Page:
The Crisis In Syria Sparks The First Ever Withdrawal From Norwegian Doomsday Seed Vault
In the barren permafrost of the Svalbard Archipelago, 1,300 kilometres from the North Pole, a doomsday vault has opened its doors for the first time.
Buried 120 metres within a perpetually frozen sandstone mountain on the Norwegian island of Spitsbergen, the Svalbard Global Seed Vault acts as a global agricultural backup — storing over 800,000 duplicates of vital seed samples from gene banks around the world in case of natural disaster, war, or other large-scale threats to biodiversity. The facility was designed from the ground up for this purpose. If the power were to fail today, the vault would remain sealed and secure for 200 years.
The brutal display of extremism, autocracy, and cynical neocolonialism currently on show in Syria has led to over 11 million souls fleeing for their lives; and the scale of the conflict is such that it has also prompted the first ever withdrawal from the Svalbard Seed Vault.
The International Gene Bank of Syria (ICARDA), located near the Syrian city of Aleppo, acts as a storage, growth, and distribution gene bank for the region. Due to its location and efforts, many of the samples it has donated to Svalbard are vital to global sustainable agriculture — resistant as they are to drought and other adverse weather conditions that can otherwise spell certain death for crops, especially in poorer parts of the world.
Hampered in its functioning by the war, ICARDA recently had no choice but to turn to the Nordic seed vault and request a little over 100,000 of its samples be returned for continued research and replication in its other locations in Lebanon and Morocco.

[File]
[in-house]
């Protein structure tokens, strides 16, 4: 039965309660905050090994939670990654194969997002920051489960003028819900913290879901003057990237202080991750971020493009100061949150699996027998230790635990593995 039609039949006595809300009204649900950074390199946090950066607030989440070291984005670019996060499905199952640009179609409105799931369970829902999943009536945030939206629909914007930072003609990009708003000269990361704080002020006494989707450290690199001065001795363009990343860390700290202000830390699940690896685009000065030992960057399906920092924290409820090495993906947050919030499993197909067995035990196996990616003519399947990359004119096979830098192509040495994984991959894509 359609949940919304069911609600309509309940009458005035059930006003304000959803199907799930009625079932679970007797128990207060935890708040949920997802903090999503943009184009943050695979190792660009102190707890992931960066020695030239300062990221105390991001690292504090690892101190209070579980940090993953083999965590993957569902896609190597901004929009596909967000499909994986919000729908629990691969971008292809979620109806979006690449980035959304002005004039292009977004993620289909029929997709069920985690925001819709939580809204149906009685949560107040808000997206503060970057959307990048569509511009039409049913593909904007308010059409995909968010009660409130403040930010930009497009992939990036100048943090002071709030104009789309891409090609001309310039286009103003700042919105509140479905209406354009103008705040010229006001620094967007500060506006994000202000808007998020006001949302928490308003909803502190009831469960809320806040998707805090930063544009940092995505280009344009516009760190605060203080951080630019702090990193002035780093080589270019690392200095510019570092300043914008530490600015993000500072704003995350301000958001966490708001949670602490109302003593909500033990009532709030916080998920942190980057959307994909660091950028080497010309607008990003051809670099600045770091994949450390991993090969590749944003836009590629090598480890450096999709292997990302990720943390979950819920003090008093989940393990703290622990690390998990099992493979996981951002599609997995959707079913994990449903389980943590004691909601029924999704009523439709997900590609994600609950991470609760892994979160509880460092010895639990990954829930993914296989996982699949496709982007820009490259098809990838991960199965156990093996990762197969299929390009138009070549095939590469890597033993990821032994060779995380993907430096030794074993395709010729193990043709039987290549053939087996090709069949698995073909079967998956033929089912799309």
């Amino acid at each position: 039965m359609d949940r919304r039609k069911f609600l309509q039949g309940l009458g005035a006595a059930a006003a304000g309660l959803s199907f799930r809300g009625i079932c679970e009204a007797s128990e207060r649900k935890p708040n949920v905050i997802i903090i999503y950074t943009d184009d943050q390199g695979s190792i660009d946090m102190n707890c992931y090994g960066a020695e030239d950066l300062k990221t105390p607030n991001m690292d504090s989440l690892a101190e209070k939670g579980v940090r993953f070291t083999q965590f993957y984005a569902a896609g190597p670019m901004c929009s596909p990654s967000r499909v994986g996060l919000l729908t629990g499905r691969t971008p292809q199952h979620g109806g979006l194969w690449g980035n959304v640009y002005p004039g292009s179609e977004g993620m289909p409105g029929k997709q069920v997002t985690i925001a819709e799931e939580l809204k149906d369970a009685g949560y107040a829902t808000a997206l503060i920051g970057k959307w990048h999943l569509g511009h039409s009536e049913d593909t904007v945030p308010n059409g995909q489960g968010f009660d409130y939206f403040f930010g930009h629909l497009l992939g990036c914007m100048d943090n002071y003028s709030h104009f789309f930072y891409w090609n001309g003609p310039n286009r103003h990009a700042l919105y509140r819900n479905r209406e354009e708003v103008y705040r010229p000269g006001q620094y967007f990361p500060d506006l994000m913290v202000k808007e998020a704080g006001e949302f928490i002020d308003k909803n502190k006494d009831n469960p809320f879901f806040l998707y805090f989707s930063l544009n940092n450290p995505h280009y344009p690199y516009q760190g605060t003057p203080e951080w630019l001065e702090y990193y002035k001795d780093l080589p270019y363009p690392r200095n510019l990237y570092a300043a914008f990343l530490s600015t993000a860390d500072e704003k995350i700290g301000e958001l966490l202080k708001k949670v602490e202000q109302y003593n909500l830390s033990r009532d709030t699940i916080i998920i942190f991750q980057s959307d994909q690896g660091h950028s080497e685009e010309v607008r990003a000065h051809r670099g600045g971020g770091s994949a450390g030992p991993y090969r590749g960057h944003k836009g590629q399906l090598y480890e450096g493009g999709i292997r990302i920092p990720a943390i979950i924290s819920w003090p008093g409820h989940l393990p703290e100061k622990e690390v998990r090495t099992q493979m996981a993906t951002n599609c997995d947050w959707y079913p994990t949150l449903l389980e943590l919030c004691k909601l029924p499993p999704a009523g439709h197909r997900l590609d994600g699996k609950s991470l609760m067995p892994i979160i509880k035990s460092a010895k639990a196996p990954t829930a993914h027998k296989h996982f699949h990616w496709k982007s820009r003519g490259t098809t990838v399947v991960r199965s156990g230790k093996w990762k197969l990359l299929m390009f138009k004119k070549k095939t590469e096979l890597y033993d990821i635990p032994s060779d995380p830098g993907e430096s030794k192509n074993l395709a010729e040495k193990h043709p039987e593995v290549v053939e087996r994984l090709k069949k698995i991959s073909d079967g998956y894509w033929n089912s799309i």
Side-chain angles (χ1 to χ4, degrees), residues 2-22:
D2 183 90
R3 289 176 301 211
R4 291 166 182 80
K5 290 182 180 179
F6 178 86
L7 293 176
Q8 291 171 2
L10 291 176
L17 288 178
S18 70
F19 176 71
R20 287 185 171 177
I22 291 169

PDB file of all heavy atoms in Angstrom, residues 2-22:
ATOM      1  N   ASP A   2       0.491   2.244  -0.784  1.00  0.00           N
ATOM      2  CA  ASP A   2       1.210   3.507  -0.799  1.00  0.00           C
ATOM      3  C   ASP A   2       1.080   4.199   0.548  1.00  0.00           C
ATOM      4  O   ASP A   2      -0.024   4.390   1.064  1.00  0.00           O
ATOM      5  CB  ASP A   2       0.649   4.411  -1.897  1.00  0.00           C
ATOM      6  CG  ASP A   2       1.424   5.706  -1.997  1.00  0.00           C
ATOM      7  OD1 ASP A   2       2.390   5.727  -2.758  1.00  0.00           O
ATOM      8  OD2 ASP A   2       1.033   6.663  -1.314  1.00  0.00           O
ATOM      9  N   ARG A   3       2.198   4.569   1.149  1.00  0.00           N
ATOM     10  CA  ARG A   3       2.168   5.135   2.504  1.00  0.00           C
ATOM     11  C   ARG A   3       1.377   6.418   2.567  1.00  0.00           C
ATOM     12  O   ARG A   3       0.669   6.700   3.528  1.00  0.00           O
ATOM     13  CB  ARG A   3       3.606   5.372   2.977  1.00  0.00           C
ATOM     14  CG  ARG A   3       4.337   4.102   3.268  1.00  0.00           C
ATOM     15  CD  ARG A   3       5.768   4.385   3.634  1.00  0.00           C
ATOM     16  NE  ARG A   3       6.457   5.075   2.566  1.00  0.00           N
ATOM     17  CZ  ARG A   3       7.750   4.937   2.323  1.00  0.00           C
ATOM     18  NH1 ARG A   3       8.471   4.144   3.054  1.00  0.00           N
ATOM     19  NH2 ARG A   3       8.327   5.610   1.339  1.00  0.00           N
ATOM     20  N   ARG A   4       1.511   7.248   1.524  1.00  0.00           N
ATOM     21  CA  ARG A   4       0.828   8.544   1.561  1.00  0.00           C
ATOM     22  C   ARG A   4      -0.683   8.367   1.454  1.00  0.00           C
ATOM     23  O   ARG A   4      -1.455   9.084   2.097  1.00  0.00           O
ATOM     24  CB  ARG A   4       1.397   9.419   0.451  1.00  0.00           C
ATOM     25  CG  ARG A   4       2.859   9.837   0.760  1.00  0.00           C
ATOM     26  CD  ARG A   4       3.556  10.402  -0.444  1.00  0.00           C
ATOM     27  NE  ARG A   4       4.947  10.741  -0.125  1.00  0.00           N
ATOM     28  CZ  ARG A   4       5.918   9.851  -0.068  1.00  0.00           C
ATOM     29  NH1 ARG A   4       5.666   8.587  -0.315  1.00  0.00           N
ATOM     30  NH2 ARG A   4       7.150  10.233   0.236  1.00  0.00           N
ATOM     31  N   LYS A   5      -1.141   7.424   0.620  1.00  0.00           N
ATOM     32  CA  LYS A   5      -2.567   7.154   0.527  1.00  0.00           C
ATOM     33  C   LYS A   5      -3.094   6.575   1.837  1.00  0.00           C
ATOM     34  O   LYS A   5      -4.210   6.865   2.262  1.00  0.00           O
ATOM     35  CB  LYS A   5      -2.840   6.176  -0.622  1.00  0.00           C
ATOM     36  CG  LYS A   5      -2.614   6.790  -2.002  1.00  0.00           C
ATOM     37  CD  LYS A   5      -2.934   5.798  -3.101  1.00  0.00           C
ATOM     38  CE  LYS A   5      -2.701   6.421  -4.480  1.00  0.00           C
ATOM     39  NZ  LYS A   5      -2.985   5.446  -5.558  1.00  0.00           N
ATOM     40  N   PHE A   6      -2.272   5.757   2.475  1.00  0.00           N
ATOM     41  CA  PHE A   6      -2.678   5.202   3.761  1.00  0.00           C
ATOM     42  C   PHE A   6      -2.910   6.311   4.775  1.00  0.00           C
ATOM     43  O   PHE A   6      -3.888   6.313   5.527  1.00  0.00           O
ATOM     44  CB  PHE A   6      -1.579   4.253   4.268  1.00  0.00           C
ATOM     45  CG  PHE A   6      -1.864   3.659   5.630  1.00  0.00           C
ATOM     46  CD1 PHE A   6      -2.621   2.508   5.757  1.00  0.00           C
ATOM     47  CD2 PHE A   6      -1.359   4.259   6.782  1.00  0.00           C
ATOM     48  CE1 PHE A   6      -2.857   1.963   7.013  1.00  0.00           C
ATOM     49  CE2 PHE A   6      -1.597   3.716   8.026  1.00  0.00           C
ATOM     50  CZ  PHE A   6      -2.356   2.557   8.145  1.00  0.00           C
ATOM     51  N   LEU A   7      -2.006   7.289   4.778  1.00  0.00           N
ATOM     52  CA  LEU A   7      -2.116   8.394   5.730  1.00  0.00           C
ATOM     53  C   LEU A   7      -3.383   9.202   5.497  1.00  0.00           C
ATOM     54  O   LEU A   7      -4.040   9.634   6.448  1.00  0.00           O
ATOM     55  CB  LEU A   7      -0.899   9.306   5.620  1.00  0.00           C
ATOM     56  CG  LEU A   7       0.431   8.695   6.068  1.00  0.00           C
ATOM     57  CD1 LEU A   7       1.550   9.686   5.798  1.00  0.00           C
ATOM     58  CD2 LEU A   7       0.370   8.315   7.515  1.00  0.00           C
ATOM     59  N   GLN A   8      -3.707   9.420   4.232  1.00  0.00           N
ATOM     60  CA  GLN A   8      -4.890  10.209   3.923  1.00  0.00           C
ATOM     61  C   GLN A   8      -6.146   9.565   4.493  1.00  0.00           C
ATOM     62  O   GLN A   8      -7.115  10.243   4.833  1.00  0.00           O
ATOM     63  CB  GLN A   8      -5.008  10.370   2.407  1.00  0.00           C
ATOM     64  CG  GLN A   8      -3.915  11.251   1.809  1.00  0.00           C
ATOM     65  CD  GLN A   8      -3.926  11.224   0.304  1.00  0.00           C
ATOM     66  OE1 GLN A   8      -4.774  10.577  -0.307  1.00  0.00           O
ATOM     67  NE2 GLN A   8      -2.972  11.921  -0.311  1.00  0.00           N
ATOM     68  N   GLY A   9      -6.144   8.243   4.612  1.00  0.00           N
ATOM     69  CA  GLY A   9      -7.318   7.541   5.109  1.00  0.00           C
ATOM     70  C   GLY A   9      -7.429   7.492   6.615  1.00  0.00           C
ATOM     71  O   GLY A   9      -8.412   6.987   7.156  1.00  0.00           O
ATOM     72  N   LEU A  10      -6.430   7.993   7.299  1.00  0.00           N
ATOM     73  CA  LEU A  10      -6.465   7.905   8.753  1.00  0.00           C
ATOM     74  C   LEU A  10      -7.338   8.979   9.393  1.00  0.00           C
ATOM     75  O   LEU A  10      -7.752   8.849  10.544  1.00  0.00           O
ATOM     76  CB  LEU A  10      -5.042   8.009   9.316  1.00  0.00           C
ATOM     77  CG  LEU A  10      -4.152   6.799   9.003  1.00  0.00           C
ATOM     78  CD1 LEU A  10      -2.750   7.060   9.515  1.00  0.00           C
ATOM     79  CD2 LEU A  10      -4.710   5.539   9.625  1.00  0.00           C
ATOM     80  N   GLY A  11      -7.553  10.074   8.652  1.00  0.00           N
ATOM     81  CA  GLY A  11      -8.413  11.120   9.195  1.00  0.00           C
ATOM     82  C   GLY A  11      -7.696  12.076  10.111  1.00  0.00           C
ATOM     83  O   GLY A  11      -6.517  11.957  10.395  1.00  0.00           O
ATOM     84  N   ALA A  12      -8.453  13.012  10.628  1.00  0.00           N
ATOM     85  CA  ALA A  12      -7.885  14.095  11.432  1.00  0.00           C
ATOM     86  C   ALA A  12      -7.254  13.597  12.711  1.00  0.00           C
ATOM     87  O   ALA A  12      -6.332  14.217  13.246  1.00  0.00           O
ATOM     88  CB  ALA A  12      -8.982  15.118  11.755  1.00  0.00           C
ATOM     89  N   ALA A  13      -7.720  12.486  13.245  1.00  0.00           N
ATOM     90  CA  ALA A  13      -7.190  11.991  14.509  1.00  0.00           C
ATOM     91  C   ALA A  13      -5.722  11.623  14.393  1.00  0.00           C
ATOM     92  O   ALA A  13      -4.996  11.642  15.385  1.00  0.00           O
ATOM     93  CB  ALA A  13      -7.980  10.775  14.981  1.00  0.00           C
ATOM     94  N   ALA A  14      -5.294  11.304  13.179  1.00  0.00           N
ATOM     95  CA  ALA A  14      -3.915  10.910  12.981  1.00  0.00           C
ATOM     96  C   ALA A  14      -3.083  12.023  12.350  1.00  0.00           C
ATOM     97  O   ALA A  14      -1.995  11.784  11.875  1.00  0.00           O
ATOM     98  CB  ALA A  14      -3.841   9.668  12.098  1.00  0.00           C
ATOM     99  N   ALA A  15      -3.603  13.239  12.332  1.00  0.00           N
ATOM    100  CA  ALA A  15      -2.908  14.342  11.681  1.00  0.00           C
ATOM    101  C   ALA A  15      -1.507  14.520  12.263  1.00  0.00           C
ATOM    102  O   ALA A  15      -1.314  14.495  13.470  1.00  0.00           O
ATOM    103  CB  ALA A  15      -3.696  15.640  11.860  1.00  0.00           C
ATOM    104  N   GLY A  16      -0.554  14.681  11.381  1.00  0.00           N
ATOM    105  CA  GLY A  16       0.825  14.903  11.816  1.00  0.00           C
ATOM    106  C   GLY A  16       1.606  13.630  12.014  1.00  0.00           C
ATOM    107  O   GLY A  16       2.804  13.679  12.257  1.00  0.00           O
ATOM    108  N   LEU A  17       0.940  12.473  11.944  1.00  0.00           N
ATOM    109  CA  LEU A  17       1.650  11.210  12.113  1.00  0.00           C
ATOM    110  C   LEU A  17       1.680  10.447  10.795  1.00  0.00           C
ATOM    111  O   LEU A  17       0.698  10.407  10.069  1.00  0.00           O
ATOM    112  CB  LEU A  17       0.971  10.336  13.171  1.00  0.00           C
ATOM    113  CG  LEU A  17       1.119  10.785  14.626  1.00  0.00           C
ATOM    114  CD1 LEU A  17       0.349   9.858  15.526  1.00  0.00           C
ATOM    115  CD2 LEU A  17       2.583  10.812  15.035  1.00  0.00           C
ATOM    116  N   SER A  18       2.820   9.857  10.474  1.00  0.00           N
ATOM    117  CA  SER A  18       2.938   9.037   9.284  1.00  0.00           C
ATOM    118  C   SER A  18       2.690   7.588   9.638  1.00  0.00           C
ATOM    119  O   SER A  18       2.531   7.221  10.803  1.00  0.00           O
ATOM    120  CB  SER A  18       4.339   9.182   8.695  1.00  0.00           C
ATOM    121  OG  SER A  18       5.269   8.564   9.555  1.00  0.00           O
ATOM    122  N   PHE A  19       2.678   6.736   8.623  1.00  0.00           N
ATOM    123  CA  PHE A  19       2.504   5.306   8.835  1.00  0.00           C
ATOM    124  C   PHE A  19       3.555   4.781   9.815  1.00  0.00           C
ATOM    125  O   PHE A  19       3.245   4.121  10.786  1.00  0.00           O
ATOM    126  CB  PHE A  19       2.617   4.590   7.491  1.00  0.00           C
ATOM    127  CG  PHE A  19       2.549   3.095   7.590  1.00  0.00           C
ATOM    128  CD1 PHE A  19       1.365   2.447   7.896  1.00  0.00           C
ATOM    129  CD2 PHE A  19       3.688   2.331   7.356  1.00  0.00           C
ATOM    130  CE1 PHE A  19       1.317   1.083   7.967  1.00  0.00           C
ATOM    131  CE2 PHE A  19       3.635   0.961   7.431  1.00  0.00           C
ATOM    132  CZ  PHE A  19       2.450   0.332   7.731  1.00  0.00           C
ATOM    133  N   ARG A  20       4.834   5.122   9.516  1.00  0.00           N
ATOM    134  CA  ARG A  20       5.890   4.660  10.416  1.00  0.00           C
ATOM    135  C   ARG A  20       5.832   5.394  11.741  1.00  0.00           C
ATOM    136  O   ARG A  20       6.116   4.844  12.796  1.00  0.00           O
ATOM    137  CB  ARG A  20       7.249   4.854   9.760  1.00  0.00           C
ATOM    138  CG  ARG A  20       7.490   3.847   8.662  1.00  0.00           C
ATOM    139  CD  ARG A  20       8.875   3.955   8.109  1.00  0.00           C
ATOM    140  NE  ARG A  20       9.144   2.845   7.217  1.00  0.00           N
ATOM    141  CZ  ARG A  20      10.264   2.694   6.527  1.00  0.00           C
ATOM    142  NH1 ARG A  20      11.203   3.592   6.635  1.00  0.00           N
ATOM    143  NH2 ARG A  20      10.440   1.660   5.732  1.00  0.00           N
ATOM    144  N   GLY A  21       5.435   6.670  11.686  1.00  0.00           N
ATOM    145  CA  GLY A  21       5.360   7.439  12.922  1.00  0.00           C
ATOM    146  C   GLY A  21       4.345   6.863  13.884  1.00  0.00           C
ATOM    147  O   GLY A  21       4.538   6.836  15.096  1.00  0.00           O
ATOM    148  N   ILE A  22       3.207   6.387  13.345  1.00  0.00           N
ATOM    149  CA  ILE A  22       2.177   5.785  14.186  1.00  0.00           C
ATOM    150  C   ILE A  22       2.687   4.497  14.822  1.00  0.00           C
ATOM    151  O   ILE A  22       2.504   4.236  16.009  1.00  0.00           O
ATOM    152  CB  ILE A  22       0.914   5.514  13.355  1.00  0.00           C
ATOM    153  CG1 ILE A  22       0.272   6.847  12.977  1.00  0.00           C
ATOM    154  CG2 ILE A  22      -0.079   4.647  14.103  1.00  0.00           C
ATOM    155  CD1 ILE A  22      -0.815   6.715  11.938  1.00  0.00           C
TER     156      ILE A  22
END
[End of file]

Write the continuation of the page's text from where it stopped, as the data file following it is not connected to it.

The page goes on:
And lest this begins to sound like the Syrian seed bank is some sort of charity case, it should be noted that this is exactly what the facility in Svalbard is for; all seed samples there remain the property of the donors; duplicates of the withdrawn samples will be returned to Svalbard; and ICARDA is tough as nails — despite the ongoing hellscape in Syria over the past few years, the gene bank has not once ceased in its replication efforts, recently receiving a prestigious international prize for managing to send over 80% of its unique seed samples to the frozen Norwegian vault. While in the middle of a goddamn war.
I don’t know about you guys, but it’s good to know that even amidst of one of the worst human disasters in recent memory some people are still doing absolutely incredible work. Even if most of us here are probably just sat watching that Star Wars trailer on repeat.